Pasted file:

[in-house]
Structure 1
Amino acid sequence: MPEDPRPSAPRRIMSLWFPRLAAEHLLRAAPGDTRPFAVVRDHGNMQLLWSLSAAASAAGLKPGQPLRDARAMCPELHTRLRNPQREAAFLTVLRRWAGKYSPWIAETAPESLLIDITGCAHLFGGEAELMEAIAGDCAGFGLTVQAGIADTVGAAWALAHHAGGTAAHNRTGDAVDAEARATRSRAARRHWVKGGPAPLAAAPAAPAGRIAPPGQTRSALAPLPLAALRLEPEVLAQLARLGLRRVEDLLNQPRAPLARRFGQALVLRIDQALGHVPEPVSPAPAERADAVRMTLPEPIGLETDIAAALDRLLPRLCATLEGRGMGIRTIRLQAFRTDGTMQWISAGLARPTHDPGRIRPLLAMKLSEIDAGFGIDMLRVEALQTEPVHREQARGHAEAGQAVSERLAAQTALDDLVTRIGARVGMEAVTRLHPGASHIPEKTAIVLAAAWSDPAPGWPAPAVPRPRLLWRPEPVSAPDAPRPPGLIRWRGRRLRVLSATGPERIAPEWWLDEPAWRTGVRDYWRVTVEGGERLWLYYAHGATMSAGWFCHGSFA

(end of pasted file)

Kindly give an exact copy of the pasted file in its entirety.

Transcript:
[in-house]
Structure 1
Amino acid sequence: MPEDPRPSAPRRIMSLWFPRLAAEHLLRAAPGDTRPFAVVRDHGNMQLLWSLSAAASAAGLKPGQPLRDARAMCPELHTRLRNPQREAAFLTVLRRWAGKYSPWIAETAPESLLIDITGCAHLFGGEAELMEAIAGDCAGFGLTVQAGIADTVGAAWALAHHAGGTAAHNRTGDAVDAEARATRSRAARRHWVKGGPAPLAAAPAAPAGRIAPPGQTRSALAPLPLAALRLEPEVLAQLARLGLRRVEDLLNQPRAPLARRFGQALVLRIDQALGHVPEPVSPAPAERADAVRMTLPEPIGLETDIAAALDRLLPRLCATLEGRGMGIRTIRLQAFRTDGTMQWISAGLARPTHDPGRIRPLLAMKLSEIDAGFGIDMLRVEALQTEPVHREQARGHAEAGQAVSERLAAQTALDDLVTRIGARVGMEAVTRLHPGASHIPEKTAIVLAAAWSDPAPGWPAPAVPRPRLLWRPEPVSAPDAPRPPGLIRWRGRRLRVLSATGPERIAPEWWLDEPAWRTGVRDYWRVTVEGGERLWLYYAHGATMSAGWFCHGSFA